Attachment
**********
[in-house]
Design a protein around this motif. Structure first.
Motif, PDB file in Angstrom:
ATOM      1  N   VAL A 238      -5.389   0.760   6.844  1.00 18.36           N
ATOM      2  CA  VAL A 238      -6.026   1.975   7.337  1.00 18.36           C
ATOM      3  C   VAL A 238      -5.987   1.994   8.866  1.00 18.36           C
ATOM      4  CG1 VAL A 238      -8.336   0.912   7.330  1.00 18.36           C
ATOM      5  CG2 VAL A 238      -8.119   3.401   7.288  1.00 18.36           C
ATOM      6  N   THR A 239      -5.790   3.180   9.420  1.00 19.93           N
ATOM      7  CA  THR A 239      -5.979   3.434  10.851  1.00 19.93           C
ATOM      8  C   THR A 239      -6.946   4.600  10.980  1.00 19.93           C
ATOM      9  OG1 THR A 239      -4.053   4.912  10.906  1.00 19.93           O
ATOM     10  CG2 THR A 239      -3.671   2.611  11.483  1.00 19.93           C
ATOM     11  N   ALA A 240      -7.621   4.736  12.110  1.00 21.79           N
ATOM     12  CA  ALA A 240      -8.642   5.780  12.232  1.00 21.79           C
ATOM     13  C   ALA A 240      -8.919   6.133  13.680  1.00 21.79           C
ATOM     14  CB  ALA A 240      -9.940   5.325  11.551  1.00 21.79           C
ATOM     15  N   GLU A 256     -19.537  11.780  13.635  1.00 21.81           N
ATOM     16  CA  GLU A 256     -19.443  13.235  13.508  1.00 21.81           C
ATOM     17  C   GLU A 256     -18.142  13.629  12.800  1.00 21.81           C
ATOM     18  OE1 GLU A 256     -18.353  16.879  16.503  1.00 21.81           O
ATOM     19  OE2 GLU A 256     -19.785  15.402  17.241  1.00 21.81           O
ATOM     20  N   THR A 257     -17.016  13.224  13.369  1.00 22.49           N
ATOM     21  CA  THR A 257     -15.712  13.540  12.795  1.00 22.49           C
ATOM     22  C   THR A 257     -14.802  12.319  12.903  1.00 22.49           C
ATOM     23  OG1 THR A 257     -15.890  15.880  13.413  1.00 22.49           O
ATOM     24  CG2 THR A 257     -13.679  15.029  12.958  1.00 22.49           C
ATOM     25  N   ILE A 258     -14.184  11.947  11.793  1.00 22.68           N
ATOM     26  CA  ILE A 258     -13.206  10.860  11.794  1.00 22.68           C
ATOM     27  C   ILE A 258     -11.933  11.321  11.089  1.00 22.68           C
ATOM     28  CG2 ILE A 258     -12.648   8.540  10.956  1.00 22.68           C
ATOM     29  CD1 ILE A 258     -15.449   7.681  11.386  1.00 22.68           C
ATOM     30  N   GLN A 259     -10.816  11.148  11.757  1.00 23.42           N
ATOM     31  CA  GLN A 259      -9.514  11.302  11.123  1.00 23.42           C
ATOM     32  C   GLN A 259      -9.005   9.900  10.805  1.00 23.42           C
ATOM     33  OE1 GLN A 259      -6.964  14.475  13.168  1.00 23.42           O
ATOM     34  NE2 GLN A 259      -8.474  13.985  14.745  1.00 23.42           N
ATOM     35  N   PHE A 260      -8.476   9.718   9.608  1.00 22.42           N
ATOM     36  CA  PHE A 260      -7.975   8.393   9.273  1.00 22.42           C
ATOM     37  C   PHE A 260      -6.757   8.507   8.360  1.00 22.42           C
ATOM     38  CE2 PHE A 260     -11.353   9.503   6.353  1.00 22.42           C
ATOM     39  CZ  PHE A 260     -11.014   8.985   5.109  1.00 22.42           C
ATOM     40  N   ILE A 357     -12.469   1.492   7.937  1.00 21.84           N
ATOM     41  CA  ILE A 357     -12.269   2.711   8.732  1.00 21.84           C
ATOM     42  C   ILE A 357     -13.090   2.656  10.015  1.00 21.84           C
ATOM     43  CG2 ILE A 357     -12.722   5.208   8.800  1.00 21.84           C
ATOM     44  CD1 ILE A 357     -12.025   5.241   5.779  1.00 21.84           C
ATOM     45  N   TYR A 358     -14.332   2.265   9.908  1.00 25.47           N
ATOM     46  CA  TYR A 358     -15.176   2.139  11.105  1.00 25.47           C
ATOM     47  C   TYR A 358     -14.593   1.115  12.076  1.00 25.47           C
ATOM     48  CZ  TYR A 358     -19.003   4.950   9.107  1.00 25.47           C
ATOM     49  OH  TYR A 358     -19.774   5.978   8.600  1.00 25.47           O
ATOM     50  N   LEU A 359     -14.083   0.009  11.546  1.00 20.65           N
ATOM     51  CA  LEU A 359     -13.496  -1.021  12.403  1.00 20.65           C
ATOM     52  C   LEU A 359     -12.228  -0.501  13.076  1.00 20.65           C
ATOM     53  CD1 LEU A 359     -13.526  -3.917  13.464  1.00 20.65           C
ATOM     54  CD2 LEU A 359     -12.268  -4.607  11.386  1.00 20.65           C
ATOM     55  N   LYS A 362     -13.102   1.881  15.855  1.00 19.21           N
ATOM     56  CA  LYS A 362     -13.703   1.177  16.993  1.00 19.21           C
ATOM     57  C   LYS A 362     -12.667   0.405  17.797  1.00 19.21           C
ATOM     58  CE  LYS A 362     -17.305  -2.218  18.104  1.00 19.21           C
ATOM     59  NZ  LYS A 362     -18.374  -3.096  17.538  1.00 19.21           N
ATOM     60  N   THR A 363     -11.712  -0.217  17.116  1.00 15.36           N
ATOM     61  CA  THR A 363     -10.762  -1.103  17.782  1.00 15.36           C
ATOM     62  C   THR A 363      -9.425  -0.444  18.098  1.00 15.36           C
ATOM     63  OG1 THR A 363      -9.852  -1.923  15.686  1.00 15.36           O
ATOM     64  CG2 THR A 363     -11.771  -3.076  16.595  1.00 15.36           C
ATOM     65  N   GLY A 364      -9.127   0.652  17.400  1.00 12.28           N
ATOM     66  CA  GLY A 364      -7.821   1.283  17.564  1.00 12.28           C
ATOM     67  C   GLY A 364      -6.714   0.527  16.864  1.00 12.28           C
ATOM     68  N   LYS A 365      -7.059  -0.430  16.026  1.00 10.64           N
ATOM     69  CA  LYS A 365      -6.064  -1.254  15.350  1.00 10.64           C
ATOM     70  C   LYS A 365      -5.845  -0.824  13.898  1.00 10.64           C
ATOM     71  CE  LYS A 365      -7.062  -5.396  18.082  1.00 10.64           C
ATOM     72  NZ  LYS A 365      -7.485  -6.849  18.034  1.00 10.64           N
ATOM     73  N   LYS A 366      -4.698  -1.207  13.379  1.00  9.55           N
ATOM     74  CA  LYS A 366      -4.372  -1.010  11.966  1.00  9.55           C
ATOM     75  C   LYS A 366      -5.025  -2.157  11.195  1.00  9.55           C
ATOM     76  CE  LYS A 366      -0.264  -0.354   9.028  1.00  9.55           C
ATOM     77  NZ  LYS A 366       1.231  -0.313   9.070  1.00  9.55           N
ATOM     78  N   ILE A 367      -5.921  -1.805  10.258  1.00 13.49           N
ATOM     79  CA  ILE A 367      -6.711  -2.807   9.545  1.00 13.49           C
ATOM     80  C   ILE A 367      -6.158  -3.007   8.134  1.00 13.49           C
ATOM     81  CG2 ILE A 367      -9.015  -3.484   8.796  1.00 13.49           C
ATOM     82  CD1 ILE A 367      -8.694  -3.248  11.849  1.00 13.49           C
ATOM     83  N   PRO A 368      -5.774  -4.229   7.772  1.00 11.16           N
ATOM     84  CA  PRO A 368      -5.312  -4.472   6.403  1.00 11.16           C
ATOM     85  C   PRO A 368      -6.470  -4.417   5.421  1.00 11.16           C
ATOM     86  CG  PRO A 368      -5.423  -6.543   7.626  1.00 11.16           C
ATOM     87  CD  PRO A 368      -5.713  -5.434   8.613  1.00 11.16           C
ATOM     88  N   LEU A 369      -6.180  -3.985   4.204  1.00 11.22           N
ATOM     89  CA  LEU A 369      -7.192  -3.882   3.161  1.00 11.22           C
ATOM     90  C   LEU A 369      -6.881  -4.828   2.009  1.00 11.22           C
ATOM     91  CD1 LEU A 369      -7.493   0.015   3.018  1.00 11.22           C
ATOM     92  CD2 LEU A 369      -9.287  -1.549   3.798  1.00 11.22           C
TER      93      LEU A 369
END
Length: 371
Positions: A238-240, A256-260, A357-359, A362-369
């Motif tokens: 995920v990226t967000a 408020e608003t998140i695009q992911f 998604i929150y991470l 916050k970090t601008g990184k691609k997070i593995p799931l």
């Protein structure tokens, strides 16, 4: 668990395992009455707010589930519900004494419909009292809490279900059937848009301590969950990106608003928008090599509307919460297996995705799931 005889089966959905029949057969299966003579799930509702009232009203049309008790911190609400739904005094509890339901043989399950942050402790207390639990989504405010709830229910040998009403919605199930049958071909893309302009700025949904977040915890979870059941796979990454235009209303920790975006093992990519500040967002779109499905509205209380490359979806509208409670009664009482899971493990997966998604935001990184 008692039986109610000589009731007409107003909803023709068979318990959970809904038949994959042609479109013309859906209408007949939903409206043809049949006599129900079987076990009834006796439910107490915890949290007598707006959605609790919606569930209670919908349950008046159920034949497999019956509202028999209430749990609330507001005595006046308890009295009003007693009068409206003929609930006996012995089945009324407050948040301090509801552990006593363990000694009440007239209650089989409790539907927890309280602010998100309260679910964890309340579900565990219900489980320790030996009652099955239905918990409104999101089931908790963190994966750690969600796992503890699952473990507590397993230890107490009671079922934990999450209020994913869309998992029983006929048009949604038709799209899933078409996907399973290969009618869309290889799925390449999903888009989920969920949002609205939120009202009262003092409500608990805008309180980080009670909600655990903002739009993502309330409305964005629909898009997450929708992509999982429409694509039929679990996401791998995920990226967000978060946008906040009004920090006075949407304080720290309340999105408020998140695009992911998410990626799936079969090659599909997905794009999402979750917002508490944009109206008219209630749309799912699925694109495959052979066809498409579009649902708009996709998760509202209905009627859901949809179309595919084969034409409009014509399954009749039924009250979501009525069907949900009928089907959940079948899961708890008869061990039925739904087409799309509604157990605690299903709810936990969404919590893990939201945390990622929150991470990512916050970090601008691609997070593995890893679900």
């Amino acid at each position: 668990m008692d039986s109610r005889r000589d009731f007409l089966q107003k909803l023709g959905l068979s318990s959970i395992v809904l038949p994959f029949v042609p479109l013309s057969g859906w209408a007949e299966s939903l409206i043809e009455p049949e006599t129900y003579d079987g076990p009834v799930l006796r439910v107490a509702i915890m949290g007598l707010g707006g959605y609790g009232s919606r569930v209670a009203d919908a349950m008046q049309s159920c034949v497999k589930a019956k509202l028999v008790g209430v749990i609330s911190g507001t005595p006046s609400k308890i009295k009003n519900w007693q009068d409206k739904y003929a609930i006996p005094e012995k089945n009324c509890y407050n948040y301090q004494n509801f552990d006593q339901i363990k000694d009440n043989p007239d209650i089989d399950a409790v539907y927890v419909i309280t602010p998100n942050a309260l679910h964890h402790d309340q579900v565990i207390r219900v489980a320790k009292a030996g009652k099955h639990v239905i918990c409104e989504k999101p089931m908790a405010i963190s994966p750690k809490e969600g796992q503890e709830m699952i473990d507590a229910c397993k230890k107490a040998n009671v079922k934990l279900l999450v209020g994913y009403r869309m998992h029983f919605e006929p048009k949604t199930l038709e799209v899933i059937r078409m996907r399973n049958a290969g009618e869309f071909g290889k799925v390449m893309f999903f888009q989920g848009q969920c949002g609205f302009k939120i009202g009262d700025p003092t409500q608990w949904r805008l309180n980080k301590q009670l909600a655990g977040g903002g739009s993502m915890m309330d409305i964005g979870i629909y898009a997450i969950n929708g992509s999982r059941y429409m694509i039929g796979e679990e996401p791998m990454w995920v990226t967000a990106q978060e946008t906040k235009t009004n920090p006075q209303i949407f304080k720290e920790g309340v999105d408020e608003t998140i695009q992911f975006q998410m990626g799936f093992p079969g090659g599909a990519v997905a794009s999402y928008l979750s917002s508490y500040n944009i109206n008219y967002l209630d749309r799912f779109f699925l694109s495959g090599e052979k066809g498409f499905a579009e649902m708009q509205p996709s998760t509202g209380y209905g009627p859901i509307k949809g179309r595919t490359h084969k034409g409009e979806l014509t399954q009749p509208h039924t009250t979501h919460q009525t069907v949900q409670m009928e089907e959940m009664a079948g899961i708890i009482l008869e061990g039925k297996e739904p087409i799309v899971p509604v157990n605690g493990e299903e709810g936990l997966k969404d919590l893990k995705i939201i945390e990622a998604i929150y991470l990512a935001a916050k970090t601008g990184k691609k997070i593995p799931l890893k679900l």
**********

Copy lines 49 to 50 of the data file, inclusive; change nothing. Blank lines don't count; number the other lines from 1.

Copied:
ATOM     46  CA  TYR A 358     -15.176   2.139  11.105  1.00 25.47           C
ATOM     47  C   TYR A 358     -14.593   1.115  12.076  1.00 25.47           C